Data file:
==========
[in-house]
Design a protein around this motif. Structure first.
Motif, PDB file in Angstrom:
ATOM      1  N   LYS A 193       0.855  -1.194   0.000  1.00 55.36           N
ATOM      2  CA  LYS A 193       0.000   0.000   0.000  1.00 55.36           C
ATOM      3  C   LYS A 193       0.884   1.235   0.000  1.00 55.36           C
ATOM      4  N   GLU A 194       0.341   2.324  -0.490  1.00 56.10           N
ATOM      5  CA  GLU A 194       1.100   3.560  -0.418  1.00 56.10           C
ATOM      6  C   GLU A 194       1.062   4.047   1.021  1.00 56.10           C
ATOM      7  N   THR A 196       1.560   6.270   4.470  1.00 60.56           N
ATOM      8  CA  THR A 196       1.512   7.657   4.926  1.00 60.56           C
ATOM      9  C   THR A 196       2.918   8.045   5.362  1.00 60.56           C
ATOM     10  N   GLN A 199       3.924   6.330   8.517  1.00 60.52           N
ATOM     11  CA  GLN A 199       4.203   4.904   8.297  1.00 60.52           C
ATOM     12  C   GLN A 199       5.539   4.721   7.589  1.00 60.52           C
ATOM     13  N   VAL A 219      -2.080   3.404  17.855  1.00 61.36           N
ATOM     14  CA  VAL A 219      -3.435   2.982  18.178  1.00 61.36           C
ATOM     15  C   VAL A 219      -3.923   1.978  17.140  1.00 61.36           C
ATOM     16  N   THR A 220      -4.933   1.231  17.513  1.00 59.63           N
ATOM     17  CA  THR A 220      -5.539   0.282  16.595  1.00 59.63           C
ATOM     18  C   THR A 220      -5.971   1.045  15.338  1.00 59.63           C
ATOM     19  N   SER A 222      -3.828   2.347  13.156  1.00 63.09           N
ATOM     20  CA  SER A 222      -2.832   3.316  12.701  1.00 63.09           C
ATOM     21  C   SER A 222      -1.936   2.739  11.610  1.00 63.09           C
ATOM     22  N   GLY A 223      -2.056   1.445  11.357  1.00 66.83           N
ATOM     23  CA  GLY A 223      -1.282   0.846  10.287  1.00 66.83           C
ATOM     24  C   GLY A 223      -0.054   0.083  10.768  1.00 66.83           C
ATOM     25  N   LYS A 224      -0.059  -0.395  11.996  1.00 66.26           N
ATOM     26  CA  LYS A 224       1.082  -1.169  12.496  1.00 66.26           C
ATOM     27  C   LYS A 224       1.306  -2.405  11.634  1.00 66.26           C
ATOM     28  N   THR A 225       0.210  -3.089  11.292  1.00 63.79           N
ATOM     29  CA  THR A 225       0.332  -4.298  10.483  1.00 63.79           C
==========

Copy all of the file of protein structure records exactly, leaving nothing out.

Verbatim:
[in-house]
Design a protein around this motif. Structure first.
Motif, PDB file in Angstrom:
ATOM      1  N   LYS A 193       0.855  -1.194   0.000  1.00 55.36           N
ATOM      2  CA  LYS A 193       0.000   0.000   0.000  1.00 55.36           C
ATOM      3  C   LYS A 193       0.884   1.235   0.000  1.00 55.36           C
ATOM      4  N   GLU A 194       0.341   2.324  -0.490  1.00 56.10           N
ATOM      5  CA  GLU A 194       1.100   3.560  -0.418  1.00 56.10           C
ATOM      6  C   GLU A 194       1.062   4.047   1.021  1.00 56.10           C
ATOM      7  N   THR A 196       1.560   6.270   4.470  1.00 60.56           N
ATOM      8  CA  THR A 196       1.512   7.657   4.926  1.00 60.56           C
ATOM      9  C   THR A 196       2.918   8.045   5.362  1.00 60.56           C
ATOM     10  N   GLN A 199       3.924   6.330   8.517  1.00 60.52           N
ATOM     11  CA  GLN A 199       4.203   4.904   8.297  1.00 60.52           C
ATOM     12  C   GLN A 199       5.539   4.721   7.589  1.00 60.52           C
ATOM     13  N   VAL A 219      -2.080   3.404  17.855  1.00 61.36           N
ATOM     14  CA  VAL A 219      -3.435   2.982  18.178  1.00 61.36           C
ATOM     15  C   VAL A 219      -3.923   1.978  17.140  1.00 61.36           C
ATOM     16  N   THR A 220      -4.933   1.231  17.513  1.00 59.63           N
ATOM     17  CA  THR A 220      -5.539   0.282  16.595  1.00 59.63           C
ATOM     18  C   THR A 220      -5.971   1.045  15.338  1.00 59.63           C
ATOM     19  N   SER A 222      -3.828   2.347  13.156  1.00 63.09           N
ATOM     20  CA  SER A 222      -2.832   3.316  12.701  1.00 63.09           C
ATOM     21  C   SER A 222      -1.936   2.739  11.610  1.00 63.09           C
ATOM     22  N   GLY A 223      -2.056   1.445  11.357  1.00 66.83           N
ATOM     23  CA  GLY A 223      -1.282   0.846  10.287  1.00 66.83           C
ATOM     24  C   GLY A 223      -0.054   0.083  10.768  1.00 66.83           C
ATOM     25  N   LYS A 224      -0.059  -0.395  11.996  1.00 66.26           N
ATOM     26  CA  LYS A 224       1.082  -1.169  12.496  1.00 66.26           C
ATOM     27  C   LYS A 224       1.306  -2.405  11.634  1.00 66.26           C
ATOM     28  N   THR A 225       0.210  -3.089  11.292  1.00 63.79           N
ATOM     29  CA  THR A 225       0.332  -4.298  10.483  1.00 63.79           C